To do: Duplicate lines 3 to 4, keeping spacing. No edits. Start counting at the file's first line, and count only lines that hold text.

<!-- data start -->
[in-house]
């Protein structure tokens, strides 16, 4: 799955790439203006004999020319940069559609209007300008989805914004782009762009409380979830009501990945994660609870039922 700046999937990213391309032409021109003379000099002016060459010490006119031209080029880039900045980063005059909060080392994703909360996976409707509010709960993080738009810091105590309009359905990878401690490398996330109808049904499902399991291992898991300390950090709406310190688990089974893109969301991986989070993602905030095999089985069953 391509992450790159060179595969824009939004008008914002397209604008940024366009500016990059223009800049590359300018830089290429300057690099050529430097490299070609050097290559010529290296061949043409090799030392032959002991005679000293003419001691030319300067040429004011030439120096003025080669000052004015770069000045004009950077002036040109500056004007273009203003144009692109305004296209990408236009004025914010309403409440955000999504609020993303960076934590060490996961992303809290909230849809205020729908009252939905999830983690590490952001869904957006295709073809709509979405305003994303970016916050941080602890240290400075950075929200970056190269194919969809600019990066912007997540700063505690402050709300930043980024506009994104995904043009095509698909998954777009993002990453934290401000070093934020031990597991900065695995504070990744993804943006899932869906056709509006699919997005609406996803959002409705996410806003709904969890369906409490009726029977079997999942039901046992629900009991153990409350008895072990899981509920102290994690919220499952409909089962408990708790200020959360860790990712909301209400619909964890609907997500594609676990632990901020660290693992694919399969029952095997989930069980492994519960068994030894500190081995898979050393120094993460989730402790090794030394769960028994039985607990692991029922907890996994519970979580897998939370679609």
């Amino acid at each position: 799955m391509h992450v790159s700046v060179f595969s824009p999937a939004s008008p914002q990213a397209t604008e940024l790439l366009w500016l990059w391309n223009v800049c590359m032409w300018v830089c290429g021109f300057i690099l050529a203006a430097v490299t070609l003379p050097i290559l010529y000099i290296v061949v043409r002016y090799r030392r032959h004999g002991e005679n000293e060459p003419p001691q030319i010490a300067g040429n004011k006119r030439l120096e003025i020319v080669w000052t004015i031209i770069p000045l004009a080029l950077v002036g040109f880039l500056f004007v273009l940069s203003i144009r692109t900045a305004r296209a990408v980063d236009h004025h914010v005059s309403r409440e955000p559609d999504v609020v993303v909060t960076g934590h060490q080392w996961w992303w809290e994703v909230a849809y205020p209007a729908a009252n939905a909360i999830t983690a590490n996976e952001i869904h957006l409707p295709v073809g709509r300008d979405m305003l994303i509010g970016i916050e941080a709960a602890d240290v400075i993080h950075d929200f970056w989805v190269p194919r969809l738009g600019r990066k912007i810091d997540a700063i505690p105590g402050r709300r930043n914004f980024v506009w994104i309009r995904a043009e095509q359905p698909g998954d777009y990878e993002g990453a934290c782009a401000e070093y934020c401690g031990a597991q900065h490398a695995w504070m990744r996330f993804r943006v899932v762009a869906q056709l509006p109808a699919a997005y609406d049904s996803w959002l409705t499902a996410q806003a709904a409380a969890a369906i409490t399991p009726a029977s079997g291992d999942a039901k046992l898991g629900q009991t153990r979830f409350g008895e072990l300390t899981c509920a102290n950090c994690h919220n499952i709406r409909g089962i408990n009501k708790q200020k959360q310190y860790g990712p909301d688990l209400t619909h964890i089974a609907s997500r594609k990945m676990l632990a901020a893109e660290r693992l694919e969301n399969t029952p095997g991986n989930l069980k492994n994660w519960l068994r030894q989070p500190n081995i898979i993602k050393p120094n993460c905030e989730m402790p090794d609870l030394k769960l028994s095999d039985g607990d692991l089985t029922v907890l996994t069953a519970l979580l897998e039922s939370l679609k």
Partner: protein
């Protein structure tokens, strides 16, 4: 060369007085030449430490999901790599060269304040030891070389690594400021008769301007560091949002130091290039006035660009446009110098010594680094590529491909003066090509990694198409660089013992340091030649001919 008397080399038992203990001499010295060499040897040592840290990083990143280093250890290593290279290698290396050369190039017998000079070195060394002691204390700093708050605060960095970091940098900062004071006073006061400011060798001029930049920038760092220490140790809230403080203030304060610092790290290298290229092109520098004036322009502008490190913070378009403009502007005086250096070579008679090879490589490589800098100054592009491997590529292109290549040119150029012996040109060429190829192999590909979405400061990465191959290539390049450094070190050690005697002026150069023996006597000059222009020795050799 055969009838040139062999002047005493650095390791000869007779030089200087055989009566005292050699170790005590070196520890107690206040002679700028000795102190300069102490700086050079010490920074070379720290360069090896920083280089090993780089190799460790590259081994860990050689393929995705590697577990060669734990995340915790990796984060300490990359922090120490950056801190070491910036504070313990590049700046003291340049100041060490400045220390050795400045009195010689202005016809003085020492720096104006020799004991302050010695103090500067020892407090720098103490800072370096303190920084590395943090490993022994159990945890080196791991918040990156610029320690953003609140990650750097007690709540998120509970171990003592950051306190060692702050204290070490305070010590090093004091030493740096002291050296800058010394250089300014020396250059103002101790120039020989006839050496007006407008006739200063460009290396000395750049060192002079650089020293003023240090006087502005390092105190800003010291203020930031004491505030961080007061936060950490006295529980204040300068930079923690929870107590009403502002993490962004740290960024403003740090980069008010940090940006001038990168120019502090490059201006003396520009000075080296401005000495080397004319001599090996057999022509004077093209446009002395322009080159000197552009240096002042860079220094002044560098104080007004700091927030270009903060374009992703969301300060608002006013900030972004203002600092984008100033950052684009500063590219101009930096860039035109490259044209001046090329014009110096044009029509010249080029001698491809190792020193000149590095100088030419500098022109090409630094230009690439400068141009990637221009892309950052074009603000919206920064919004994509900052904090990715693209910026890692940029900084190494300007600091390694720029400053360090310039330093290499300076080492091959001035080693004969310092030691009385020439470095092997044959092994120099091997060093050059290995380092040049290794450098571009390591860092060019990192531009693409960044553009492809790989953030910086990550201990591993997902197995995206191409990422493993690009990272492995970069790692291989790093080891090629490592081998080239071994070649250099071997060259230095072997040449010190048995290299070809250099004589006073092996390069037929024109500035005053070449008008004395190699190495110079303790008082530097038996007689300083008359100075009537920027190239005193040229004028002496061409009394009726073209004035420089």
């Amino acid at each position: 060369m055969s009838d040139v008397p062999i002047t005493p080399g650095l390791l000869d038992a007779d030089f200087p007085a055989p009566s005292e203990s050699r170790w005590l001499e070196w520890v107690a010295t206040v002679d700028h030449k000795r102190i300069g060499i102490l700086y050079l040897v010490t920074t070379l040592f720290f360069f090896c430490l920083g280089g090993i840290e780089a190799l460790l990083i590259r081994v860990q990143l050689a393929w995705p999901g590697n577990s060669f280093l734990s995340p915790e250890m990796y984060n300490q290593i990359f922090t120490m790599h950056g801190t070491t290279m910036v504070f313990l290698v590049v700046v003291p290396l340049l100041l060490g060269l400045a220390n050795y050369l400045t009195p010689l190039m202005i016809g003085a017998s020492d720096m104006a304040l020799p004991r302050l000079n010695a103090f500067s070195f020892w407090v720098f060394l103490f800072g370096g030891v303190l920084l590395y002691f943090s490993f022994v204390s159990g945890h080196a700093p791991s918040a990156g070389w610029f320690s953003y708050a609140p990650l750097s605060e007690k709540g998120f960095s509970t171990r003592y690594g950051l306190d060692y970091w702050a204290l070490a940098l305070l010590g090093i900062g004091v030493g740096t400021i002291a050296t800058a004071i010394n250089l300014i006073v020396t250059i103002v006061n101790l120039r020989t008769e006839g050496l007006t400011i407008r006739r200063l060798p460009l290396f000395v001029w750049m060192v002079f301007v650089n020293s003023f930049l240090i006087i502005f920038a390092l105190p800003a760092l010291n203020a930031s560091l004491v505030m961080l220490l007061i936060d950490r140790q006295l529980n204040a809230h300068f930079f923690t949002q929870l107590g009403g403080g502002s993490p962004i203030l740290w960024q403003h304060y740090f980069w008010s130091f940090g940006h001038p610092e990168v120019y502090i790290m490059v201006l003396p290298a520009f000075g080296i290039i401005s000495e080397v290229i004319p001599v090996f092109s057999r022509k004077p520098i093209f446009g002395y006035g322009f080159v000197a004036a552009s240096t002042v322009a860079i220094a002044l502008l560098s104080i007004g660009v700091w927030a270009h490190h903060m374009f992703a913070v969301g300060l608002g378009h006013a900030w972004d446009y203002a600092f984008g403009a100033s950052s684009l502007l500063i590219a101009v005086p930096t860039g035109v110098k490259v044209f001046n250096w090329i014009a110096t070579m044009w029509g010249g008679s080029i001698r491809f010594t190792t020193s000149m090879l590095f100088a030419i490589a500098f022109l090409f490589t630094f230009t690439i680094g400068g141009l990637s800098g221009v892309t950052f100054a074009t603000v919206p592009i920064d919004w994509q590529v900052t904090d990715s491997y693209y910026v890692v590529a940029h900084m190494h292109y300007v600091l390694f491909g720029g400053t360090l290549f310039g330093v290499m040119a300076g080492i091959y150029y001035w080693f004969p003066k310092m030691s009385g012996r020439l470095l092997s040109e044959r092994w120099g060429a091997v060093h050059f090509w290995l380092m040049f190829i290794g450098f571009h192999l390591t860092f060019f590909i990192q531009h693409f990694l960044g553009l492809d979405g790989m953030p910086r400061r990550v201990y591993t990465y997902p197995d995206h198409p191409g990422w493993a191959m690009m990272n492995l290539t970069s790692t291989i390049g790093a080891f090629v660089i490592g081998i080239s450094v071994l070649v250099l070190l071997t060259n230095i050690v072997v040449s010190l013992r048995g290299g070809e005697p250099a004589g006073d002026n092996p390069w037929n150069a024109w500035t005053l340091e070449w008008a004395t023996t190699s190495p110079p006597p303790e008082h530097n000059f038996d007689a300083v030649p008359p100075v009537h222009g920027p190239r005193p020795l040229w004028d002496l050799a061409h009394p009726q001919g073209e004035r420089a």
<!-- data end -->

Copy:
């Amino acid at each position: 799955m391509h992450v790159s700046v060179f595969s824009p999937a939004s008008p914002q990213a397209t604008e940024l790439l366009w500016l990059w391309n223009v800049c590359m032409w300018v830089c290429g021109f300057i690099l050529a203006a430097v490299t070609l003379p050097i290559l010529y000099i290296v061949v043409r002016y090799r030392r032959h004999g002991e005679n000293e060459p003419p001691q030319i010490a300067g040429n004011k006119r030439l120096e003025i020319v080669w000052t004015i031209i770069p000045l004009a080029l950077v002036g040109f880039l500056f004007v273009l940069s203003i144009r692109t900045a305004r296209a990408v980063d236009h004025h914010v005059s309403r409440e955000p559609d999504v609020v993303v909060t960076g934590h060490q080392w996961w992303w809290e994703v909230a849809y205020p209007a729908a009252n939905a909360i999830t983690a590490n996976e952001i869904h957006l409707p295709v073809g709509r300008d979405m305003l994303i509010g970016i916050e941080a709960a602890d240290v400075i993080h950075d929200f970056w989805v190269p194919r969809l738009g600019r990066k912007i810091d997540a700063i505690p105590g402050r709300r930043n914004f980024v506009w994104i309009r995904a043009e095509q359905p698909g998954d777009y990878e993002g990453a934290c782009a401000e070093y934020c401690g031990a597991q900065h490398a695995w504070m990744r996330f993804r943006v899932v762009a869906q056709l509006p109808a699919a997005y609406d049904s996803w959002l409705t499902a996410q806003a709904a409380a969890a369906i409490t399991p009726a029977s079997g291992d999942a039901k046992l898991g629900q009991t153990r979830f409350g008895e072990l300390t899981c509920a102290n950090c994690h919220n499952i709406r409909g089962i408990n009501k708790q200020k959360q310190y860790g990712p909301d688990l209400t619909h964890i089974a609907s997500r594609k990945m676990l632990a901020a893109e660290r693992l694919e969301n399969t029952p095997g991986n989930l069980k492994n994660w519960l068994r030894q989070p500190n081995i898979i993602k050393p120094n993460c905030e989730m402790p090794d609870l030394k769960l028994s095999d039985g607990d692991l089985t029922v907890l996994t069953a519970l979580l897998e039922s939370l679609k």
Partner: protein